Basic study skills such as improving focus, avoiding cram sessions, and structuring study time are part of developing successful study habits. But basic study skills can only carry students so far, especially in college.
Many useful tips and tricks can be found in information surrounding the psychology of learning. One set of factors students should consider when developing a study habit or plan is how the internal and external environment are encoded along with new information.
In 1974, Tulving suggested that while students learn something they also store or encode information about their physical surroundings and physical or psychological state. This is called “context-dependent learning” and “state-dependent learning,” according to UCC psychology professor Georgann Willis. The result is that people recall information better in the same environment that the information was also learned. “For some students, this may be a weaker of stronger effect, but a good practice is to make your learning and testing environment as similar as possible to reduce environmental distractions,” Willis says.
Authors Andrew Coveney, Timothy Switzer, Mark Corrigan and Henry Redmond in the BMC Medical Education journal also explain that understanding these factors can help students select optimal environments for studying and testing that best facilitate memory recall.
Dr. Saul McLeod, in a Simply Psychology article, explains that another factor to be aware of is state-dependent forgetting, “when your mood or physiological state during recall is different from the mood you were in when you were learning.” Recall is easier if the learner is in the same emotional state as the learning session. It’s harder if the emotional state is different.
The next important psychology tip for improving learning is understanding which learning habits and styles the learner relies on. Websites like howtostudy.com offer short quizzes to help students unfamiliar with their learning type identify their particular style.
For example, a 2017 study from the University of Waterloo found that studying materials out loud can significantly improve memory and recall. This effect can be even stronger when students verbally teach new concepts to each other, something also explained by the protégé effect.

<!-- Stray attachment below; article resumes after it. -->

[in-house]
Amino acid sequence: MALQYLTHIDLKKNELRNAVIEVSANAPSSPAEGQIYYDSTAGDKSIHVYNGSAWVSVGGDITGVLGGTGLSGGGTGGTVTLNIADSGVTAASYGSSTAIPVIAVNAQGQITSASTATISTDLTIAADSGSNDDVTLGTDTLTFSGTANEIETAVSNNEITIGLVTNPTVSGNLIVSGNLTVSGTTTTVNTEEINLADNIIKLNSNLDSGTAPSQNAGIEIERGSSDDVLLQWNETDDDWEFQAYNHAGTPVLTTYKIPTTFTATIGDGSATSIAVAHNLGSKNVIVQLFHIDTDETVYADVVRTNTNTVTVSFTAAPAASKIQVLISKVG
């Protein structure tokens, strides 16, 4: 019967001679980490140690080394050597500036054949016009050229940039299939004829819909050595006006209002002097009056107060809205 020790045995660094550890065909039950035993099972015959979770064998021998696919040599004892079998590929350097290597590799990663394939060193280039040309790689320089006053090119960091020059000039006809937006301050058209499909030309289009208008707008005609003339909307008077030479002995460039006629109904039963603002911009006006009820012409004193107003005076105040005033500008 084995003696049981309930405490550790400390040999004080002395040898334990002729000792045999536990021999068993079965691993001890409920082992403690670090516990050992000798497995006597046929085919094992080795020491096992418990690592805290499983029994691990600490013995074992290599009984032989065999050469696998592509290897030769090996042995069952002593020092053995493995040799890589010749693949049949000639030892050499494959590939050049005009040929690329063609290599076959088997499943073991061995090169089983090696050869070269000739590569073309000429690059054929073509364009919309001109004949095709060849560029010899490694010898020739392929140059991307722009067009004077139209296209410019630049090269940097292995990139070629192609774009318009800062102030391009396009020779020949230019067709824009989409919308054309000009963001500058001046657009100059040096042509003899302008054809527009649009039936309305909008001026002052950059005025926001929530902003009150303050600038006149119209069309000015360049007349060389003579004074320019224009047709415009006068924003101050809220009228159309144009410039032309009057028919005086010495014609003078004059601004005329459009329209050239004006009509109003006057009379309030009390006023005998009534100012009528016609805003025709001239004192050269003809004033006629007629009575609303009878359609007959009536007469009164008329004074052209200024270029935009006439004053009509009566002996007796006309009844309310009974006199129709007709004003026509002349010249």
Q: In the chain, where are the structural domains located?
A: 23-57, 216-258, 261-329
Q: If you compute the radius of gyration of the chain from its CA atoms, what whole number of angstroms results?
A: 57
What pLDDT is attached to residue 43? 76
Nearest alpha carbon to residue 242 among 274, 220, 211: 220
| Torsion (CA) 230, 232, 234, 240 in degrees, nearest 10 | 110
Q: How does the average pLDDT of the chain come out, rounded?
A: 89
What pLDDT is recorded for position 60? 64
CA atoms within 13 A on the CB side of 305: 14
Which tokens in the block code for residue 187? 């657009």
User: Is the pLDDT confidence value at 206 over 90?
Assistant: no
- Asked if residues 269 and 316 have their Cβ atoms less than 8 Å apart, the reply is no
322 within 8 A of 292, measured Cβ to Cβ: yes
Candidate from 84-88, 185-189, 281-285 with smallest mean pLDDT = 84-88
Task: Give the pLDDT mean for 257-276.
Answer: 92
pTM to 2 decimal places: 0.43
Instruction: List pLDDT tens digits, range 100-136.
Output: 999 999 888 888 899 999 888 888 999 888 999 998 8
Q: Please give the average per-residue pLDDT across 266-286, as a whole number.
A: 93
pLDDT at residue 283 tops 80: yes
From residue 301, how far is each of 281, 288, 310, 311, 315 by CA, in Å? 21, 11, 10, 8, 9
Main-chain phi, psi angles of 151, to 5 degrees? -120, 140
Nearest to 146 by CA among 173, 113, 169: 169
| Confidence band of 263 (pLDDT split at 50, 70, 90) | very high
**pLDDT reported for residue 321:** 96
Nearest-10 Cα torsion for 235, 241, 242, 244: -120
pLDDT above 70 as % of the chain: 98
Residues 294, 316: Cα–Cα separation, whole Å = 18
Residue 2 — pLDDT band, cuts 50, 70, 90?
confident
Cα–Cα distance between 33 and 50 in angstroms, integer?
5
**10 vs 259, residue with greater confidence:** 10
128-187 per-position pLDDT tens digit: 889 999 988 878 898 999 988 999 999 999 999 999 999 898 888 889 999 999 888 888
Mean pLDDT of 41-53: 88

The protégé effect states that one of the best ways to learn something is to teach it to someone else. Protégé research has found that student tutors understand the material, recall it more accurately and apply it more effectively than other students.
This effect is particularly pronounced for low-achieving students according to a Journal of Science Education and Technology study. Through teaching another, students were able to develop an understanding of the content at the same level as higher-achieving students.
Students interested in practicing the protégé effect themselves while earning money can interview at UCC’s TOP program in the Student Center. They are currently hiring student tutors.
Concept mapping, establishing relationships between new ideas and established concepts, is another strategy students can borrow from psychology. This research shows that students who take the time to think about how the new information relates to what they already know can dramatically increase recall of recently learned information.
Group study sessions are another informal way to improve learning, especially if the learning out loud, protégé models and concept mapping strategies are used.
For over a century, researchers have also demonstrated a correlation between sleep and learning. In 2014, ScienceDaily published research showing that sleeping after learning something new actually leads to physical changes in the brain. Sleep helped people to learn faster and remember better. “Ten minutes of studying over a few days is much more useful that trying to learn the same information in just one go of 2 hours. The brain can only process so much information at a time, and it takes time and sleep (REM sleep) to help the brain form memories that will be able to be retrieved at a later time. Regular sleep is vital to being able to learn and process information effectively,” Willis says.